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Smoke and dust rise after an Israeli strike hit Gaza City in the northern Gaza Strip, Wednesday, Aug. 20, 2014. (AP Photo/Adel Hana)
Israeli airstrike kills 3 senior Hamas leaders
Crisis » Trio had played key role in expanding the organization’s military capabilities.
First Published Aug 21 2014 08:25 am • Last Updated Aug 21 2014 07:32 pm

Gaza City, Gaza Strip • An Israeli airstrike in Gaza killed three senior commanders of the Hamas military wing Thursday, delivering a likely blow to the organization’s morale and highlighting the long reach of Israel’s intelligence services.

The pre-dawn strike leveled a four-story house in a densely populated neighborhood of the southern town of Rafah, killing six people, including the three senior Hamas commanders.

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The trio had played a key role in expanding Hamas’ military capabilities in recent years, including digging attack tunnels leading to Israel, training of fighters and smuggling of weapons to Gaza, Israel said.

It was not immediately clear if their assassination would prompt a change in Hamas strategy in the current round of fighting with Israel or diminish the group’s ability to fire rockets at Israel. The military wing, the Izzedine al-Qassam Brigades, is a secretive organization.

Sami Abu Zuhri, a Hamas spokesman, said Israel "will not succeed in breaking the will of our people or weaken the resistance," and that Israel "will pay the price."

Israeli Prime Minister Benjamin Netanyahu praised the "superior intelligence" of the Shin Bet security service and the military’s "precise execution" of the attack.

The killing of the three top Hamas commanders will likely buy Netanyahu some time as the Israeli public becomes increasingly impatient with the government’s inability to halt rocket fire from Gaza.

Israel and Hamas identified the three commanders killed in the 3 a.m. airstrike in Rafah’s Tel Sultan neighborhood as Mohammed Abu Shamaleh, Raed Attar and Mohammed Barhoum.

Gaza police and witnesses said several missiles hit the four-story building.

Hamza Khalifa, an area resident, said the house was struck without warning. "We only heard multiple F-16 (warplane) missiles, one after the other, six or seven missiles," he said.


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Several hours later, a large earth mover was still clearing mounds of debris and wreckage.

In pinpointing the whereabouts of the Hamas commanders, Israel likely relied to some extent on local informers. Israel has maintained a network of informers despite its withdrawal from Gaza in 2005, in some cases using blackmail or the lure of exit permits to win cooperation.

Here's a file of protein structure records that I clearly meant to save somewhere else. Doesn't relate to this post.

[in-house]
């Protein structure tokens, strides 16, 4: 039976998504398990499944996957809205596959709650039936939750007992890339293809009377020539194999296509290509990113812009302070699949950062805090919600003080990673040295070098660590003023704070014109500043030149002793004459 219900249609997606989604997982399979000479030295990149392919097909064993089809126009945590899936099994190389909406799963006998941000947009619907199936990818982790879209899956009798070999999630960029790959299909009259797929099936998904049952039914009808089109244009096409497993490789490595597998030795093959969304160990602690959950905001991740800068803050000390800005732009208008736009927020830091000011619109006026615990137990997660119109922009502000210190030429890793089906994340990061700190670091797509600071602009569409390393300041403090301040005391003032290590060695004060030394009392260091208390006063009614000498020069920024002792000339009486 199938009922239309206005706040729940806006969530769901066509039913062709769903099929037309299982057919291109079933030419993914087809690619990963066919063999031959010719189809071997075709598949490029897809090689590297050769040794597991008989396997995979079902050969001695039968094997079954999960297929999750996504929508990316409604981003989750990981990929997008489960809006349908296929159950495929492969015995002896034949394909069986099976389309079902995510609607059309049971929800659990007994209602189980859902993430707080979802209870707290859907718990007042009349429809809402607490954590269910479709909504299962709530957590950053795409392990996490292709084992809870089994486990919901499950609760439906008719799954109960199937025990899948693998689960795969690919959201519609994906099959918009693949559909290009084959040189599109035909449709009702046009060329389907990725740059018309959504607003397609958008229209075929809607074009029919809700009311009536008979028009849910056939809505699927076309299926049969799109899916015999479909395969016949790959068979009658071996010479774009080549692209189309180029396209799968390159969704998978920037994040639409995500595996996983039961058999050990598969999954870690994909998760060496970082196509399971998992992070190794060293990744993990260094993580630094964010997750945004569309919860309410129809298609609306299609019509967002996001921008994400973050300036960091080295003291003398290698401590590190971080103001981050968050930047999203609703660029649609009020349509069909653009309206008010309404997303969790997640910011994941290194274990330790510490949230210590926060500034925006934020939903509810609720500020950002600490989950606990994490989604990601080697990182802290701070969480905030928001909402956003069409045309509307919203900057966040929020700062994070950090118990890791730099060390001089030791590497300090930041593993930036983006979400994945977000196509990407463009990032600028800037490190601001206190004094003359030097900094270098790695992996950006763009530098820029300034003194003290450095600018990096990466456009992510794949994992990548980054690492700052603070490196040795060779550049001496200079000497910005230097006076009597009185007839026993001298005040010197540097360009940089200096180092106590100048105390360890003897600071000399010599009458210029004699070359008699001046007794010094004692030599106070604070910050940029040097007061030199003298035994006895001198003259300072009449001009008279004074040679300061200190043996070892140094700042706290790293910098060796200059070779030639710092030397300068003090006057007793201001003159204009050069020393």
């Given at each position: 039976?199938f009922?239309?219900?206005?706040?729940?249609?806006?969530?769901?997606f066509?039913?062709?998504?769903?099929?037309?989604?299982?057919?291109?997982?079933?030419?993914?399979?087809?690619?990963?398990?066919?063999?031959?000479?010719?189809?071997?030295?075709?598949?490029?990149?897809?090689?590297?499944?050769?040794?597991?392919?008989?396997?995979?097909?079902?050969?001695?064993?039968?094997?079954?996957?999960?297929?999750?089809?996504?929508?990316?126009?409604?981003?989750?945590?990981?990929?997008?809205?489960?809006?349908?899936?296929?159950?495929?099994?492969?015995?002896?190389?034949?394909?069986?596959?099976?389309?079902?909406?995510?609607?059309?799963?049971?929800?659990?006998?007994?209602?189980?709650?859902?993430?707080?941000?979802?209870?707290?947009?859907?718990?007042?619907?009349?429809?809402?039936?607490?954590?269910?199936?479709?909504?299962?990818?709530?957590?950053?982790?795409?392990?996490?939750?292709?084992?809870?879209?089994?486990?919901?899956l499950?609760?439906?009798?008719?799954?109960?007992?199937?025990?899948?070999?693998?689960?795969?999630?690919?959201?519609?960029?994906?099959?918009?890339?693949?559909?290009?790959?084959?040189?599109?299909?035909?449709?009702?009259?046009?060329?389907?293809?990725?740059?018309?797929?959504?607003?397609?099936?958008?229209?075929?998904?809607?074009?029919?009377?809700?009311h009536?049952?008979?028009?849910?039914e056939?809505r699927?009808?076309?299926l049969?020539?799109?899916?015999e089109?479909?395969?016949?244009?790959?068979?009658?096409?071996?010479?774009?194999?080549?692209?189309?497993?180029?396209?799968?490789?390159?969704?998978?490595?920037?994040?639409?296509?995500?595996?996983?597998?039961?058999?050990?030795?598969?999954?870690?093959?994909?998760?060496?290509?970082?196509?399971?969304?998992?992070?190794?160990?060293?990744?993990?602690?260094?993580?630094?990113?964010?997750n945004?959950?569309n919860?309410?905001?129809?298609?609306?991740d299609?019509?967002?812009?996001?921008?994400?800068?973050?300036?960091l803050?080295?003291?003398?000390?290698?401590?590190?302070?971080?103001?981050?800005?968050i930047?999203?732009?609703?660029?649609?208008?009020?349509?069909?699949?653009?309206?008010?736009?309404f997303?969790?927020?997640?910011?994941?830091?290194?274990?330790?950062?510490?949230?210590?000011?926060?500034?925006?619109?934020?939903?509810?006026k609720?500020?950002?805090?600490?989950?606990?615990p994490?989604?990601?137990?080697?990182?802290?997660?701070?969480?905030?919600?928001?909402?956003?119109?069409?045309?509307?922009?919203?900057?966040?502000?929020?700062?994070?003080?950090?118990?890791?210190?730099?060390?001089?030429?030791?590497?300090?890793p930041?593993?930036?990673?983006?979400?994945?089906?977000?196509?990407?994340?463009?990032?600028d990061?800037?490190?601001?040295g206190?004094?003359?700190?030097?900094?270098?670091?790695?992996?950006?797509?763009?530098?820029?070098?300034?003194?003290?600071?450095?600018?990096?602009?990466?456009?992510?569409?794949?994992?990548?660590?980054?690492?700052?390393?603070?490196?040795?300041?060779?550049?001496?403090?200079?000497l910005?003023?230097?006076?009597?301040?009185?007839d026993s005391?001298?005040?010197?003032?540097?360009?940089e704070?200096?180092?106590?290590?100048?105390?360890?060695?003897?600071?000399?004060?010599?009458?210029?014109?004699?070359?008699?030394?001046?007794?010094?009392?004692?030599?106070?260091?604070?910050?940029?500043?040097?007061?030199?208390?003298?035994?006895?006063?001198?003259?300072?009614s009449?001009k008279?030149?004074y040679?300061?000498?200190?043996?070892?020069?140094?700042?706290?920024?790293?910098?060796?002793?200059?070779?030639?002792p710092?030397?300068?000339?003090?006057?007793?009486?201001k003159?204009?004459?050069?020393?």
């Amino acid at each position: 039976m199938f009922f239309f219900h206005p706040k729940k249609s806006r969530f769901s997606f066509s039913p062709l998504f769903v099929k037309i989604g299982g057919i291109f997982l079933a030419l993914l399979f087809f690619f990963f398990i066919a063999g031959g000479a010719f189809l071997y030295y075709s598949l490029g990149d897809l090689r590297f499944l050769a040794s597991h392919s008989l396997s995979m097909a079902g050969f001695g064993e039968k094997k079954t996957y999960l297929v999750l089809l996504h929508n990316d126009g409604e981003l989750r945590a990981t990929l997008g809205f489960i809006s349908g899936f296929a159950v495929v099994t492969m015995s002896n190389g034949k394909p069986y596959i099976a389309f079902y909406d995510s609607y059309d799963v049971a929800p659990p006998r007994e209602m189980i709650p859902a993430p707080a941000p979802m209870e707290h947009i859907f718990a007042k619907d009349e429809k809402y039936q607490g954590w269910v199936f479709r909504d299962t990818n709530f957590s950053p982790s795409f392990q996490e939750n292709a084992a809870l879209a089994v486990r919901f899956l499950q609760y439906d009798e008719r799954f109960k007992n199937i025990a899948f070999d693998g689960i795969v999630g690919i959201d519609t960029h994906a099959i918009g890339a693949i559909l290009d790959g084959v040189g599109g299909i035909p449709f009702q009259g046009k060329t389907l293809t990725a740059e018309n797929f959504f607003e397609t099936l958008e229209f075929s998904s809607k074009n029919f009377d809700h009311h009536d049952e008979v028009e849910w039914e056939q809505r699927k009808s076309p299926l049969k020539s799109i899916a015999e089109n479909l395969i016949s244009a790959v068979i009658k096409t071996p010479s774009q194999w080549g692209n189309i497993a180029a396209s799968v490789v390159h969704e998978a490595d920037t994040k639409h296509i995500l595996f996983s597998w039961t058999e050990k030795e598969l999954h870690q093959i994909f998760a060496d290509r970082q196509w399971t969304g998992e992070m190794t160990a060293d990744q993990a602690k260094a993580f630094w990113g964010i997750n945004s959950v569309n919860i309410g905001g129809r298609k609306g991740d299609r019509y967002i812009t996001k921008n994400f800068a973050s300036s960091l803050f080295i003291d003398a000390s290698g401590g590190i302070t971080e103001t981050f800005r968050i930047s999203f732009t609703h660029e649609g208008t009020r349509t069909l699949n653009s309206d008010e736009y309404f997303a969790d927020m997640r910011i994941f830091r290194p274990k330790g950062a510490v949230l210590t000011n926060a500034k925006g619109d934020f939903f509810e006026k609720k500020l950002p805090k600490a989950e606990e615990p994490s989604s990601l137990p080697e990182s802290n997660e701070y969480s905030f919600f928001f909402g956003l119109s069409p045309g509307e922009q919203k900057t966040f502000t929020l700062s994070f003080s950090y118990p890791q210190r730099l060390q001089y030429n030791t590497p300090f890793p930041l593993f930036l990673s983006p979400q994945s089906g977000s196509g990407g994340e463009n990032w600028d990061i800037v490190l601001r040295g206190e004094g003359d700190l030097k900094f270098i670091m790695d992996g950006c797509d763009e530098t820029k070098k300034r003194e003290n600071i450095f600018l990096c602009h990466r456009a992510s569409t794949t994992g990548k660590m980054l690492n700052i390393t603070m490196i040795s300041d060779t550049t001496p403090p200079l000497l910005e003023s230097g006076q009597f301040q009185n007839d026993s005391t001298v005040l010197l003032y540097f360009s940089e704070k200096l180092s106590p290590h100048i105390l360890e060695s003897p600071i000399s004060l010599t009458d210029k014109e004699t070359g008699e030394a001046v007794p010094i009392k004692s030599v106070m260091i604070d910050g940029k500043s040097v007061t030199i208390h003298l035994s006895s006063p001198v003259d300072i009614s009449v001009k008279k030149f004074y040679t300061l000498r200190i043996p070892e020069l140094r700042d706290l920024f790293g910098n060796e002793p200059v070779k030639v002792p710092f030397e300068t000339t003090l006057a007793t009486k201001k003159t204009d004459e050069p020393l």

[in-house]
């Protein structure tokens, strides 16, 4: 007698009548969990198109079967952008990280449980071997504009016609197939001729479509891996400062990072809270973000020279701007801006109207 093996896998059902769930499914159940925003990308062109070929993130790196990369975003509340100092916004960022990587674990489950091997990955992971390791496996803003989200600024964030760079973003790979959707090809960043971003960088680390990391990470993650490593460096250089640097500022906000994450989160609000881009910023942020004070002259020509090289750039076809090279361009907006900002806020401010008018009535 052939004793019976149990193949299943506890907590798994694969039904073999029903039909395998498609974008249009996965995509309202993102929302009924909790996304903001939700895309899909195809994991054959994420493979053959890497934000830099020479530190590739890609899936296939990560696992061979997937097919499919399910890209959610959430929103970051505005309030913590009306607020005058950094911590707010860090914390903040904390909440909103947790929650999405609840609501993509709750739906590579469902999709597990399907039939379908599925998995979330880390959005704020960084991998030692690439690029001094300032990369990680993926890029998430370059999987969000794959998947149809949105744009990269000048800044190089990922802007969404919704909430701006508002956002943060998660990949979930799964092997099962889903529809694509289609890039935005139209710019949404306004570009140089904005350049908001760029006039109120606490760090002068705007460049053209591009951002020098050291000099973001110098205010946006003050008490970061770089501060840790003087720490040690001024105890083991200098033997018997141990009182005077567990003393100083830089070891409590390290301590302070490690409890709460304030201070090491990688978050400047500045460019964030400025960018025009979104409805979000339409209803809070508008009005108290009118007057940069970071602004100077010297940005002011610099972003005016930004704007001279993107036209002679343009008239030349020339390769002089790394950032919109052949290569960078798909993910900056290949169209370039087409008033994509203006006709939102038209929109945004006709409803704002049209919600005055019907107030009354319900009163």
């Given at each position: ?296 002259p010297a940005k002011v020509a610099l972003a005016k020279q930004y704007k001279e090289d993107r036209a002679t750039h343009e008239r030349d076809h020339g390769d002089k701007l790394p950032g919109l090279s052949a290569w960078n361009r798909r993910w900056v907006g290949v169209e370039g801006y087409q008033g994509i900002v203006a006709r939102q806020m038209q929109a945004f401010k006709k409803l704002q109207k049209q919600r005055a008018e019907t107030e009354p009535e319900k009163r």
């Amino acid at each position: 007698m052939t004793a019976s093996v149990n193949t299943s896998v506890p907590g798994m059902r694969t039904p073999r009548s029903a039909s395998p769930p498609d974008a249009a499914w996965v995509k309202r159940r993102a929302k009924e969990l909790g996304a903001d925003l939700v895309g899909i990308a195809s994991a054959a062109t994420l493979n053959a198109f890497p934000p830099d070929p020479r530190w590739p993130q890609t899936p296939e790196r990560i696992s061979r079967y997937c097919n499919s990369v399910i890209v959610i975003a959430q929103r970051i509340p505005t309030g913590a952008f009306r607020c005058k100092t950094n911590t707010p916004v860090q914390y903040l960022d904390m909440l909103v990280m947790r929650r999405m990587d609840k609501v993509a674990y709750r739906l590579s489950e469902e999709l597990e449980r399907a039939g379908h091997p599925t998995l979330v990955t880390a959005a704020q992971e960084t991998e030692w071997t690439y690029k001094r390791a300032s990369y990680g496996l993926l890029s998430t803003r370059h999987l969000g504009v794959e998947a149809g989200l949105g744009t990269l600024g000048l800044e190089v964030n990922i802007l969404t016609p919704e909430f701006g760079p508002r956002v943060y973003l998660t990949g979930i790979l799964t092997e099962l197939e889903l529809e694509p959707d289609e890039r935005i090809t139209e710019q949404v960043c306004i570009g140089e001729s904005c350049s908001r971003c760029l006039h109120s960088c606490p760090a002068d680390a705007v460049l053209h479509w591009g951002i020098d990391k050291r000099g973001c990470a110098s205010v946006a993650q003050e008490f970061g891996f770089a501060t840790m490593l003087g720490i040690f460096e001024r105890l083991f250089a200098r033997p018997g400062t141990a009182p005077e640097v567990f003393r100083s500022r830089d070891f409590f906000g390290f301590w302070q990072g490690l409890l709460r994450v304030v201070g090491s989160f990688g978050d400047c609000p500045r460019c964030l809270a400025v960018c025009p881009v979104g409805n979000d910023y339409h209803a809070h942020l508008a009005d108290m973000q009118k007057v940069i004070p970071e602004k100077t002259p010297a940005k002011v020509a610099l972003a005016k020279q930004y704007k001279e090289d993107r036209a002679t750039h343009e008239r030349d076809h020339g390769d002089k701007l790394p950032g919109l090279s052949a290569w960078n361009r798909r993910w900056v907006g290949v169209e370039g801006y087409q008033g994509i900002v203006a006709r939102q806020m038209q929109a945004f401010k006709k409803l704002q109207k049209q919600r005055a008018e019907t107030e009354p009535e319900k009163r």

Al Majd, a website linked to the Hamas security services, said Thursday that seven suspected informers were arrested in recent days and that three were killed "after the completion of the revolutionary procedures against them." The wording suggested they did not receive a trial.

It was the second time during the Gaza war that the website announced suspected informers had been killed by Hamas.

The Rafah attack came a day after an apparent Israeli attempt to kill the top Hamas military leader, Mohammed Deif, in an airstrike on a house in Gaza City.

Deif’s wife and an infant son were killed in that strike, but the Hamas military wing said Deif was not in the targeted home at the time.

The back-to-back targeting of top Hamas military leaders came after indirect Israel-Hamas negotiations in Cairo on a sustainable truce broke down Tuesday. Gaza militants resumed rocket fire on Israel, even before the formal end of a six-day truce at midnight that day.

Since then, Hamas and other groups have fired dozens more rockets, and Israeli aircraft have struck dozens of targets in Gaza, dimming prospects for a resumption of the Cairo talks.

Despite the crisis, Palestinian President Mahmoud Abbas was holding talks in Qatar on Thursday with Hamas’ top political leader in exile, Khaled Mashaal, and the emir of Qatar. Before the collapse of the truce talks, Abbas had planned to use the meetings in Qatar to urge Mashaal and his Qatari backers to support an Egyptian cease-fire plan.

Hamas has rejected the Egyptian proposal, saying it contained no commitments by Israel to ease the border blockade of Gaza. The blockade was imposed by Israel and Egypt after the Hamas takeover of Gaza in 2007.

Hamas leaders said they could not accept a deal they feared would restore the closure regime that was in place before the start of the latest round of fighting on July 8. The border restrictions prevent most Gazans from traveling outside the crowded coastal strip and bar most exports.

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